"The president and I have talked about this topic many times over the last few months, and he is all in," Wyden said. "And when the president of the United States is all in on a topic, there is like no question about it. He feels strongly. My colleagues feel strongly."
Obama is known for a cool, arms-length relationship with Congress, seemingly preferring to explain what he wants through public pronouncements than engage with members up close. After Tuesday's vote, though, Obama wasted little time hauling Wyden and nine other pro-trade Democrats he'd been counting on to the White House. For nearly two hours he assuaged worries and soothed bruised egos.
Obama laid out his pitch once again for why Trade Promotion Authority was a must-pass bill. Delaware's Thomas Carper, the only Democrat to vote for the trade bill Tuesday, described the presentation as "masterful."
"I know he wasn't happy, but he wasn't angry. No temper tantrums. He was at his best," Carper said. "He was very compelling, and he used humor. He cajoled everybody and nudged us in a direction so that maybe a number of people at that table will vote with me."
Virginia Democrat Tim Kaine said that the meeting focused on the art of the possible. Many pro-trade Democrats were still very committed to ensuring more enforcement, Kaine said.
But one senator who spoke on background said that Obama's description last weekend of Sen. Warren, a new icon for the party's liberal wing, as a "politician," and referring to her by first name, had left a "bad taste" in the mouths of many senators who were initially sympathetic to the president's position.
"It deepened and hardened people's positions," the senator said Wednesday. "It was unbecoming of the president."
But other Democratic senators rejected the notion that Obama had been too hard on those in his own party.
"If the president didn't say anything, they'd say he's weak. He does say something, and they say he is too strong," said Sen. Claire McCaskill. "This is a guy who can't win. If he called her Elizabeth, he is being derogatory. If he called her Senator Warren, he'd be too cold and giving her the cold shoulder."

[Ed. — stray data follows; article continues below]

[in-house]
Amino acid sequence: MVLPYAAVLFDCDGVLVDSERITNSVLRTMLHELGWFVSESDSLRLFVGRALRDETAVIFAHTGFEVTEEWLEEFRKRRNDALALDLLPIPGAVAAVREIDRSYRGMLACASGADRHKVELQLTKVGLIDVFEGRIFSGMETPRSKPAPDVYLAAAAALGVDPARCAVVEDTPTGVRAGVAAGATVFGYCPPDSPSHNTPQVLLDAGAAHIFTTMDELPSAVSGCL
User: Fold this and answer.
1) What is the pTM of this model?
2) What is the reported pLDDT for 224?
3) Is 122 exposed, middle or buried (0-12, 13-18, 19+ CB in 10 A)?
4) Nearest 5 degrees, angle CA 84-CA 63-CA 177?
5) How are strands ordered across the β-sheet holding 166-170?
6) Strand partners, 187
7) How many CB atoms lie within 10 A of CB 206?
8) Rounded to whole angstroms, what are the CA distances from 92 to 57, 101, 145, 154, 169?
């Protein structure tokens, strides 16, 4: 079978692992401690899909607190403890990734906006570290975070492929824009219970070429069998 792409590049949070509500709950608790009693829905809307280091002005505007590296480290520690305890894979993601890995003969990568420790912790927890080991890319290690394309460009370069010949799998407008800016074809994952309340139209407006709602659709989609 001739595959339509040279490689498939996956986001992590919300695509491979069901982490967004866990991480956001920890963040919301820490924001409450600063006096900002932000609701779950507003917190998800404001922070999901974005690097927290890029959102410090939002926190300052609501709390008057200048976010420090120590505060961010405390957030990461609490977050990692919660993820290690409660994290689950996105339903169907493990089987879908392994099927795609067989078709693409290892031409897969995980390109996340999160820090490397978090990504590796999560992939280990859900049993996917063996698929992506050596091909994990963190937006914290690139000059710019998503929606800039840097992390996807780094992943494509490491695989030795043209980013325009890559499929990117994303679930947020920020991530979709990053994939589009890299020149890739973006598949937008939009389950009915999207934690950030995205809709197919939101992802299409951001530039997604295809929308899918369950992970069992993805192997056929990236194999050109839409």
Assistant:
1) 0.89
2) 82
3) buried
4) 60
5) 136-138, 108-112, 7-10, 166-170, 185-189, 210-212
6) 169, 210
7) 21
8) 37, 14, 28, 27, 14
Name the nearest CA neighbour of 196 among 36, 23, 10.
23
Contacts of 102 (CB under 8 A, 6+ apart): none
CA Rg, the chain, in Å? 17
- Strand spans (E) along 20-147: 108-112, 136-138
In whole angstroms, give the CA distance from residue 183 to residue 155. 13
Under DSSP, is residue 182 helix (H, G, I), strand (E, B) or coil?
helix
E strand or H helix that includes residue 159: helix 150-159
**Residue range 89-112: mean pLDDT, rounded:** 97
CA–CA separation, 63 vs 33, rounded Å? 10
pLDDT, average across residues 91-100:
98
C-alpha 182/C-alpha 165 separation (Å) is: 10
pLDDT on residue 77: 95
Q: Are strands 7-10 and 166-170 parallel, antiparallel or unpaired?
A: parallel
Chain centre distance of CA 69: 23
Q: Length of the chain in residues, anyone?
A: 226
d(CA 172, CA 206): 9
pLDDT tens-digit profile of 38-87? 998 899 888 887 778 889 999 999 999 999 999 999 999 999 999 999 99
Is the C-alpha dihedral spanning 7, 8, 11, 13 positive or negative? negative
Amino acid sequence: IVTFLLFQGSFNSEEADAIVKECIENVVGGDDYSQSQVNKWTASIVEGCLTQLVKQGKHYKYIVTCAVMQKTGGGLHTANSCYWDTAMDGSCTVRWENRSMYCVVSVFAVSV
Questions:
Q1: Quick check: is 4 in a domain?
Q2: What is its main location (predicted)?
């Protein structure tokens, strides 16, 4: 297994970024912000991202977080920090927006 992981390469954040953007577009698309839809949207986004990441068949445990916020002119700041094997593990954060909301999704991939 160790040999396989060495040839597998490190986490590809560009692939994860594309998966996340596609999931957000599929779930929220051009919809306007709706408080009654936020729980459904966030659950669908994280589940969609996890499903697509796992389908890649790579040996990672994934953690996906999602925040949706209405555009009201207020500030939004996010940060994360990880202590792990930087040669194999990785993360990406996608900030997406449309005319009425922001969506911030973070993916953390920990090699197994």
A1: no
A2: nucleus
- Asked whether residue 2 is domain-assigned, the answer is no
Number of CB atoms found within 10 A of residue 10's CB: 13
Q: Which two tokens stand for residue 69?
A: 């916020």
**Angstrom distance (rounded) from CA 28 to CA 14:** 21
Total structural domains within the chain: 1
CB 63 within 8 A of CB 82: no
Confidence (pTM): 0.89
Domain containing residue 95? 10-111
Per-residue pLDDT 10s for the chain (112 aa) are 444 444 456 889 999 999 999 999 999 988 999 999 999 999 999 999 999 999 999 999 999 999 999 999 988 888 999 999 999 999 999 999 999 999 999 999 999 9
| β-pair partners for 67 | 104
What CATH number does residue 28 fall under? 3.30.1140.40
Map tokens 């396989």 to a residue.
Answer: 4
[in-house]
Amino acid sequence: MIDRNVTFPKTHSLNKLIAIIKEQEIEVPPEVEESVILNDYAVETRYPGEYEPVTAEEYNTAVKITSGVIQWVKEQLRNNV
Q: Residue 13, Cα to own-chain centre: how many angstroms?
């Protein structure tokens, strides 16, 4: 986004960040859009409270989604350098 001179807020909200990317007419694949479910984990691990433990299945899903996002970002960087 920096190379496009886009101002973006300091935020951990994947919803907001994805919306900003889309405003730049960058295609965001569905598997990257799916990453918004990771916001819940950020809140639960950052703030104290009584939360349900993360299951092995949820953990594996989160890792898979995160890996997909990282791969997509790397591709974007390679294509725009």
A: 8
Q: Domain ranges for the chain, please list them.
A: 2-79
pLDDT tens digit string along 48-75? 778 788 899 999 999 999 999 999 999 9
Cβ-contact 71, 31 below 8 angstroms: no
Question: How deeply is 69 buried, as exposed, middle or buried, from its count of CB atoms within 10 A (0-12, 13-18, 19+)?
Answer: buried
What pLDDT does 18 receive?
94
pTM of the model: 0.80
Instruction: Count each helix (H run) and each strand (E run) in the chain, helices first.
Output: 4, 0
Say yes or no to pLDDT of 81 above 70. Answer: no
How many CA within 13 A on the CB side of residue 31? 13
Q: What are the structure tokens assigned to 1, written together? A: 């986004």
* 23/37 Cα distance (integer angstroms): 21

Sen. Chris Murphy joked that he read the comments in the media and found them pretty benign.
"No one has impugned anyone's character," Murphy said. "Nobody has challenged anyone to a duel. People are passionate about trade on both sides. Everybody should get over it."
This week's drama could make it easy to forget that the Senate was supposed to be the easier chamber in Congress on the trade plan. Obama may need as many as several dozen Democrats to get the trade bill through the House, depending on how many Republicans abandon Speaker John Boehner.
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Shirish Dáte is a White House correspondent for National Journal and the author of Jeb: America's Next Bush, based on his coverage of the Florida governor as Tallahassee bureau chief for the Palm Beach Post.
Dáte has been a journalist for three decades since graduating from Stanford University. He has written for the Times-Herald Record in Middletown, New York, the Orlando Sentinel in Cape Canaveral, where he covered the space program, and finally the Associated Press and the Palm Beach Post in Tallahassee, where he covered the Florida statehouse. Most recently he was an editor on NPR's Washington Desk.
Between Tallahassee and Washington were some 15,000 nautical miles aboard Juno, an Alden 44 cutter. Dáte and his two school-aged sons crossed the Atlantic and sailed into the Mediterranean as far as the Aegean islands. They spent just over two years exploring Italy, Greece, Spain, Morocco, the Canary and Cape Verde Islands, the Caribbean and the Bahamas before riding the Gulf Stream north a